So, COVID-19 came from now we think it's dogs, but again, it's just that human-animal interaction. A zoonotic disease is something that can be transmitted between animals and people. Actually now, maybe this can open our eyes a little bit to being a little bit more responsible in that area. So that's a change in our business and how we're talking to travel companies. Now is a good time to kind of get your house in order a little bit, if there's a capacity to do that to make sure this kind of thing doesn't happen again. So yeah, so it's affected us a lot, but we're trying to use it to support businesses in that way going forward. So risk mitigation is a big thing.
Kim: I chatted to Olivia recently on a podcast and she is trapped, stranded in a bungalow on an island in Thailand and her-
Kim: I know it sounds fabulous, doesn't it?
Helen: It sounds great.
Kim Yeah, she's really quite happy because she's linked in with these other ex-pats who have noticed that the stray dogs on this particular island rely on the food scraps from the hotels, which are closed, to survive.
Helen: Absolutely. [crosstalk]
Kim So they've taken it upon themselves to feed them, get the necessary vaccinations for them. They've saved 67 dogs so far.
Helen: That's amazing.
Kim: Is there anything that you would like to share further about what you're doing?
Helen: What would be amazing would be for travel businesses to... I know it's such a tough time right now. It really is. So it's hard for them to think through COVID, but I think as part of their planning for when everyone is back out in the world if they would include animal welfare as part of their responsibility pillar. If more and more companies would do that and see that actually that would not just protect the animals and travelers, but it would also give local people opportunities to thrive and have livelihoods in an ethical way. But also it can help with preventing situations such as COVID-19 from happening again in the future.
Kim: Thanks, Helen. Animondial has been supporting Four Paws, an international animal welfare organization committed to encouraging people to treat animals with respect, compassion, and understanding. Matt why did you reach out to Helen.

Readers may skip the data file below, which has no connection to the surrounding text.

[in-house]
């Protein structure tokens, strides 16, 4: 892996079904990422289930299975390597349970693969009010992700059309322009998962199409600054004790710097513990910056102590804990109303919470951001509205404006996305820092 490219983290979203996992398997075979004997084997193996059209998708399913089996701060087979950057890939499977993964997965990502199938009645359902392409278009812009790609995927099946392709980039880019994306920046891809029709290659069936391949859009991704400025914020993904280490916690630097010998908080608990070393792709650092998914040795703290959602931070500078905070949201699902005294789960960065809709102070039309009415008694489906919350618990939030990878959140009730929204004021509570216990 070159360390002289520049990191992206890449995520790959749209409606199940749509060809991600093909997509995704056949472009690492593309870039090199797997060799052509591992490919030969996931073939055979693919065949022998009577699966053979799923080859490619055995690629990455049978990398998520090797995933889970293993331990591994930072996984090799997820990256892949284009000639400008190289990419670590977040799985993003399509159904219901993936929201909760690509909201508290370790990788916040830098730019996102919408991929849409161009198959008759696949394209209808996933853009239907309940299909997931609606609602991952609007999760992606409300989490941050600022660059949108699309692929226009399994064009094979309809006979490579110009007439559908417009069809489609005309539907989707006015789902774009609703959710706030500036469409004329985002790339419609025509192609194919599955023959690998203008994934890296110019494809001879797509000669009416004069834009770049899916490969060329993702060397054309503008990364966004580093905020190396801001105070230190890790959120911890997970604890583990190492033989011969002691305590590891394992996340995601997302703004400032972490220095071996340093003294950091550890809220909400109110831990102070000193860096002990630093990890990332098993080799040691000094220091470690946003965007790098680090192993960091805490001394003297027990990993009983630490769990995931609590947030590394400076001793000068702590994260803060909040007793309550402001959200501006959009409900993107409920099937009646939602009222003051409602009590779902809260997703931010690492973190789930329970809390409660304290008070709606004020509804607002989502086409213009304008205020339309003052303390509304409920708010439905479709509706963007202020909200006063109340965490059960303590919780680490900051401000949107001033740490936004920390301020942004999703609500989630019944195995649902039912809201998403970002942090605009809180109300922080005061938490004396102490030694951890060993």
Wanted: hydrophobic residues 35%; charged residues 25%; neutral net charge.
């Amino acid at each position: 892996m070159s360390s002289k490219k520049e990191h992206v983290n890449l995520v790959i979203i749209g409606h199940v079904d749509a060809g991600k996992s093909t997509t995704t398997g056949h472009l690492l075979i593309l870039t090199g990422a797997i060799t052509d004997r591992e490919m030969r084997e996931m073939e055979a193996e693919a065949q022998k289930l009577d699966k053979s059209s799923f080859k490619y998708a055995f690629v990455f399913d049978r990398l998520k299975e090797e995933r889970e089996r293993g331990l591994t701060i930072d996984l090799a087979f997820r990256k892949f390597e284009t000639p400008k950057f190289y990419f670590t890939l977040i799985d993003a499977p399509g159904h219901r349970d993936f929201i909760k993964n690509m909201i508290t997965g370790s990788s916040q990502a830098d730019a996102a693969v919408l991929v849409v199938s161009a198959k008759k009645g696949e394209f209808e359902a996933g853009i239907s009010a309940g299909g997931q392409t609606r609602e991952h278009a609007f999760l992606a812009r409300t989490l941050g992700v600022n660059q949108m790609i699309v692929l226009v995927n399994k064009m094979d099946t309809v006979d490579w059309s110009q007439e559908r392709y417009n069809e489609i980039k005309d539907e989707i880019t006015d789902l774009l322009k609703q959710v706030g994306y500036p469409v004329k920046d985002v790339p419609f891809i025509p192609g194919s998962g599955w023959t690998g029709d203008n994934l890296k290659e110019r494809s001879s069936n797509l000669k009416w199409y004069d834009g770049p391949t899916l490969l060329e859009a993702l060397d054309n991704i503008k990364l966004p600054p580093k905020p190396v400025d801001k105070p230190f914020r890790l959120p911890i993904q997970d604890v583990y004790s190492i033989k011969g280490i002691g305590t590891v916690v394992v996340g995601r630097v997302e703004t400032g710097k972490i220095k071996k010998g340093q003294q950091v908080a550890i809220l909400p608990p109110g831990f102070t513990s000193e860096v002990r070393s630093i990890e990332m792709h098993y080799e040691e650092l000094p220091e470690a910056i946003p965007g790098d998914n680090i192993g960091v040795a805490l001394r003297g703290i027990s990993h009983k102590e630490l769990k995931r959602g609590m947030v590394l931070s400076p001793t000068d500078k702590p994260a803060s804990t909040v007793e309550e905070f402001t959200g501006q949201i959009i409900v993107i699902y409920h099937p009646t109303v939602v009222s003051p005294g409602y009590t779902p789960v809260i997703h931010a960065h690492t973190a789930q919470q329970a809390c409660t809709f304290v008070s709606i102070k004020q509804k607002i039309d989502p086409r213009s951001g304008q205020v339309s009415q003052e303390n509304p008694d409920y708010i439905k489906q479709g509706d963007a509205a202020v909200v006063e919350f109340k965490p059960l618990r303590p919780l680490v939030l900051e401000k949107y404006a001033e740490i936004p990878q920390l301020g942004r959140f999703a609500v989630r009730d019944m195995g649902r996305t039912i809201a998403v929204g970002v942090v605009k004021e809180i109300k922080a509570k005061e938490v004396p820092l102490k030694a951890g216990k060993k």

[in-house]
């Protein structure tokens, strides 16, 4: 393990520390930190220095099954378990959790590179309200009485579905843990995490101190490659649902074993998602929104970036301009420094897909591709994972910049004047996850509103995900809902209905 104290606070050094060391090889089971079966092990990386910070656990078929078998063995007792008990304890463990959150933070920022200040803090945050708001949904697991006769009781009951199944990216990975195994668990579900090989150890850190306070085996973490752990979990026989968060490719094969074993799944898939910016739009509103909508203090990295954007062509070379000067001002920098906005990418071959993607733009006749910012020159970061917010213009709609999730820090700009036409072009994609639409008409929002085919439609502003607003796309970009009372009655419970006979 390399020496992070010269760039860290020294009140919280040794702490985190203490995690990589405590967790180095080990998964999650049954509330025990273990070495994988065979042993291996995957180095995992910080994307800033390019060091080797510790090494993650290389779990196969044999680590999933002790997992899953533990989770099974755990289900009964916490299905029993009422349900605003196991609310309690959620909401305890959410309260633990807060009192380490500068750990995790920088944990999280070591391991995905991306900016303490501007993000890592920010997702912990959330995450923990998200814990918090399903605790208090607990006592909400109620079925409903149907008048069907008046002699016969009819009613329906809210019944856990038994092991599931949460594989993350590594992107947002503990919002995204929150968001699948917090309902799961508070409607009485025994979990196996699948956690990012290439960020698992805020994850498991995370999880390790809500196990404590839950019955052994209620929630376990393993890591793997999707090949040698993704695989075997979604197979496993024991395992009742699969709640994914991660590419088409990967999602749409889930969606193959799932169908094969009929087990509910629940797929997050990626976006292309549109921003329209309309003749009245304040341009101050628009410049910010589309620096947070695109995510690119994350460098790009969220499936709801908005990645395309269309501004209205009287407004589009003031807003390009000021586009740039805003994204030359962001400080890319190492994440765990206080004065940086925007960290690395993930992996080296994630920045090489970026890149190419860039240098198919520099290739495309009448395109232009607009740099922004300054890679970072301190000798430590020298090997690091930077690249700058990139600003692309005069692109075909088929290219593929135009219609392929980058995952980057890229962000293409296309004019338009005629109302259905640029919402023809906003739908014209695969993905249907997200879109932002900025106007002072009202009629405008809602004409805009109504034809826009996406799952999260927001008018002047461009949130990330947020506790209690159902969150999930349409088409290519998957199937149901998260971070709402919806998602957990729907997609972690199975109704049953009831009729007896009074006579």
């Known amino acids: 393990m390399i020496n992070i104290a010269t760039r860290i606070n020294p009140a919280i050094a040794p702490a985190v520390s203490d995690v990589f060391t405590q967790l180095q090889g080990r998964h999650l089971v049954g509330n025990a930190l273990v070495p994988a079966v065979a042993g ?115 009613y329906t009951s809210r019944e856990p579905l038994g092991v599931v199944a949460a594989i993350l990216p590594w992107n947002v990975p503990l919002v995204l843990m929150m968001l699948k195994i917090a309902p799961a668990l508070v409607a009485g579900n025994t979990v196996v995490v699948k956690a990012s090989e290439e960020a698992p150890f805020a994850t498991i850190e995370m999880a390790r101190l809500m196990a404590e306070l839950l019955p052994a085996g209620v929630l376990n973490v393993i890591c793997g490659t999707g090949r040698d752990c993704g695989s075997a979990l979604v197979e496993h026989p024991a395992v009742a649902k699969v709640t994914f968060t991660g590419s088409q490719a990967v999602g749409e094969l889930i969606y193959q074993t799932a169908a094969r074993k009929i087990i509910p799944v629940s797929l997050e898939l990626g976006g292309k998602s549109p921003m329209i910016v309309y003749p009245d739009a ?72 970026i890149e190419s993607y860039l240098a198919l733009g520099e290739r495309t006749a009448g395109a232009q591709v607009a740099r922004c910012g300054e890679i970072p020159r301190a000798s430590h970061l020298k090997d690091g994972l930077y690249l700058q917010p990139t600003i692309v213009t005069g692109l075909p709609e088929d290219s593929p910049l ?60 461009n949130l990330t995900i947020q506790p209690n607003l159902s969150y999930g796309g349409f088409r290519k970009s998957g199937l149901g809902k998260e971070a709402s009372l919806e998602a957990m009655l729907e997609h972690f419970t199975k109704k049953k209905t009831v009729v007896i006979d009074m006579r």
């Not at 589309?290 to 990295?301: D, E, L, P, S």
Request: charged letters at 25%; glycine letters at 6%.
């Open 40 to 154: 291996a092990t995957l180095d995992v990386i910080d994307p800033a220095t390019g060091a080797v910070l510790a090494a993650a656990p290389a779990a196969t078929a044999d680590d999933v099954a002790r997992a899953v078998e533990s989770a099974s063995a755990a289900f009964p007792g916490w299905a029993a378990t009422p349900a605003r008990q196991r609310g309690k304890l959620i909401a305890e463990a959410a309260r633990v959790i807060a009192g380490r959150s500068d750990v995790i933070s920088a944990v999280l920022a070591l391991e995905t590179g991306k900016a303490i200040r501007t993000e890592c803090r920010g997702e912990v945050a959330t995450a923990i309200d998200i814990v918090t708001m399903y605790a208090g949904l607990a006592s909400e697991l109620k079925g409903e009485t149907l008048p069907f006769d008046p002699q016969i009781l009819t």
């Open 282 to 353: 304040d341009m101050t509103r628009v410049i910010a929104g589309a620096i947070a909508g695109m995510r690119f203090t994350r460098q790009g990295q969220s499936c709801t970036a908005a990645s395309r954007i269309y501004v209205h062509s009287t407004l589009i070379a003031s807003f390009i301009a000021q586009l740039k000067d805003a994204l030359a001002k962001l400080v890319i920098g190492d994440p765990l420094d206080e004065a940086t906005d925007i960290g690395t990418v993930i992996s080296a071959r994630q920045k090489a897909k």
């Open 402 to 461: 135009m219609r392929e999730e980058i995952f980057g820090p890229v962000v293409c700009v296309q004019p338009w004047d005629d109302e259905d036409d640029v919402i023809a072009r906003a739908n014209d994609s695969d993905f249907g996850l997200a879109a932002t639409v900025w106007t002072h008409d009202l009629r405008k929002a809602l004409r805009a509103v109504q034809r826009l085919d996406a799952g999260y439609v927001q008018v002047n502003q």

Matt: Basically, we reached out to Helen [inaudible] to provide a kind of expertise in how to engage with the travel sector. We are an animal welfare charity. And so we look to these kinds of expert insights and partnerships to help us kind of best communicate our campaigns and our missions.
Kim: We've had a decent chunk of time to stop and reflect since coronavirus was declared a pandemic. What have you been focusing on and thinking about as the world starts to reengage?
Matt: It's one of those things where you have, we have a plan, we have a campaign, we have our activities set that we're looking to conduct over the course of the year. And then it's a sudden sharp right turn. And so specifically where I work in Southeast Asia, I work on the dog and cat meat trade. So on that level, it was, how is it affecting you? Because country by country, it's been different. The kind of restrictions, the severity, the rates of infection have been different. We are campaigning very hard against the dog and cat meat trade in Southeast Asia. And then when you look at the science and the evidence that's been coming out over time, it's kind of common knowledge now I would hope that the suspected origins of this COVID-19 pandemic were from a wet market. And a wet market is a loose definition of a market where animals are kind of killed basically. Kind of kept sometimes alive and often killed on the premises at these markets.